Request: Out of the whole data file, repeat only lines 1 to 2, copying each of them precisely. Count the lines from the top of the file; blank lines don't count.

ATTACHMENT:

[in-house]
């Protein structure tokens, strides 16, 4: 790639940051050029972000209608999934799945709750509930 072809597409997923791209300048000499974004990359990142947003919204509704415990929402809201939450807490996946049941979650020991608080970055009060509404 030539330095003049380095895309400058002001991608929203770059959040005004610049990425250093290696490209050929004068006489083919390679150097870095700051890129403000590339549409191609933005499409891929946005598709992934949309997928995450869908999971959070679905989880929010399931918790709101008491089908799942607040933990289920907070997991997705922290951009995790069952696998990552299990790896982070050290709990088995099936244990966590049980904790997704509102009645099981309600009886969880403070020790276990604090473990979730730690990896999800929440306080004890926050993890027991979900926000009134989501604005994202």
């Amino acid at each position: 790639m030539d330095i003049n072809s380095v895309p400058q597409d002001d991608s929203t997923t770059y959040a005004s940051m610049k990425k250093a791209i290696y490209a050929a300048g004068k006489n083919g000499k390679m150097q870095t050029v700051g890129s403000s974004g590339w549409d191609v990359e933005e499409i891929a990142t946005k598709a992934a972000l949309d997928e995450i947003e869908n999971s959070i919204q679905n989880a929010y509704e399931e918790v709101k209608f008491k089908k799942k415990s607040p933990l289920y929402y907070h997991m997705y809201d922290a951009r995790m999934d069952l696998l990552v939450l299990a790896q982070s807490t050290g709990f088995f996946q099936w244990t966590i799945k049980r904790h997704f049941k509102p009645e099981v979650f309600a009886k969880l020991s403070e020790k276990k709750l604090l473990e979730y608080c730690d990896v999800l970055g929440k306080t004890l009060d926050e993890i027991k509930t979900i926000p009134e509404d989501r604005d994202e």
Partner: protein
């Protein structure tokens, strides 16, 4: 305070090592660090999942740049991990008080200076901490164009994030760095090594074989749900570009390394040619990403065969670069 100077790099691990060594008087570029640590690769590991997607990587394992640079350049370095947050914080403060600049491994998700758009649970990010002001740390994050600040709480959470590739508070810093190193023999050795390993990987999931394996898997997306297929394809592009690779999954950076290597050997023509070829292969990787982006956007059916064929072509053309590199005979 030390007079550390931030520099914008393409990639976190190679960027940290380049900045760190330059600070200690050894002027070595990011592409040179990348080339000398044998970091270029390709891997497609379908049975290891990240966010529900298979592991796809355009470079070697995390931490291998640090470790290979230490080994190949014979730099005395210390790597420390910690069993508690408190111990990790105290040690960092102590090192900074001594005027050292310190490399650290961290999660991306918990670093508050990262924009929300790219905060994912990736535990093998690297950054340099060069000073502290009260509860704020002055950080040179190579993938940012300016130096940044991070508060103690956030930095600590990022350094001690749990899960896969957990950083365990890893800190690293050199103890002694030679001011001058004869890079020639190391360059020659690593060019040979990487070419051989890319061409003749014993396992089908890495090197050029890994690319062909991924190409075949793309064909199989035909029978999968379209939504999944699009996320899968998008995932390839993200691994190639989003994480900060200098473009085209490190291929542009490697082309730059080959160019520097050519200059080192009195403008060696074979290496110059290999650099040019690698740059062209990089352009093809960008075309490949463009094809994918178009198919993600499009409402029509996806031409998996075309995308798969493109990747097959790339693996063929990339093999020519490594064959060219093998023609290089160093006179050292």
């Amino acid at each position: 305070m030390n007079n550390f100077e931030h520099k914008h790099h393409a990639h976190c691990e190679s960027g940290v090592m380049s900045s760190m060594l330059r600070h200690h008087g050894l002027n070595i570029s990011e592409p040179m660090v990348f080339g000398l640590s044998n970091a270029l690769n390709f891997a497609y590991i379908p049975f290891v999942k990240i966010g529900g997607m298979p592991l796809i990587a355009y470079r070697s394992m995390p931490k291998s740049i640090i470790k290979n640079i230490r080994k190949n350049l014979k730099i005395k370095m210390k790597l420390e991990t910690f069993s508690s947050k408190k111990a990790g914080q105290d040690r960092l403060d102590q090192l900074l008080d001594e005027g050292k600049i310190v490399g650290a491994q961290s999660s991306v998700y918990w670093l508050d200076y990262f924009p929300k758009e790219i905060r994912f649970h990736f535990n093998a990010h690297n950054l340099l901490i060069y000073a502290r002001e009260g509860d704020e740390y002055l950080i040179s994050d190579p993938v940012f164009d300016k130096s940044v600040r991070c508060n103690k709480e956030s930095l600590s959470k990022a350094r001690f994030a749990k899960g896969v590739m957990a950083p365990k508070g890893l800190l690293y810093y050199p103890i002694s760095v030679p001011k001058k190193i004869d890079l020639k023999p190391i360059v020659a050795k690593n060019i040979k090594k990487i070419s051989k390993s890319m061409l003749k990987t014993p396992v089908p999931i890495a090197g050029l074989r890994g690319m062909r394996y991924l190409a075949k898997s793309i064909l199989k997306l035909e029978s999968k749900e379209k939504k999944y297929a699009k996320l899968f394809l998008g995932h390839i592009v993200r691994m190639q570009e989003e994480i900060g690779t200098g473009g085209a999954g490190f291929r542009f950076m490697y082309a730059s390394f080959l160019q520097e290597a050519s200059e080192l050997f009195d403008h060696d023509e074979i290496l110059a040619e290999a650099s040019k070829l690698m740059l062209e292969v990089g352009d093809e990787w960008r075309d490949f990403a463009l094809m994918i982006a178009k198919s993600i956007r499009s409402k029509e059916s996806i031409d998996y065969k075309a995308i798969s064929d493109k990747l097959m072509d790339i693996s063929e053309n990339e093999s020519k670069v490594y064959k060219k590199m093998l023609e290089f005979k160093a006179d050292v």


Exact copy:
[in-house]
């Protein structure tokens, strides 16, 4: 790639940051050029972000209608999934799945709750509930 072809597409997923791209300048000499974004990359990142947003919204509704415990929402809201939450807490996946049941979650020991608080970055009060509404 030539330095003049380095895309400058002001991608929203770059959040005004610049990425250093290696490209050929004068006489083919390679150097870095700051890129403000590339549409191609933005499409891929946005598709992934949309997928995450869908999971959070679905989880929010399931918790709101008491089908799942607040933990289920907070997991997705922290951009995790069952696998990552299990790896982070050290709990088995099936244990966590049980904790997704509102009645099981309600009886969880403070020790276990604090473990979730730690990896999800929440306080004890926050993890027991979900926000009134989501604005994202």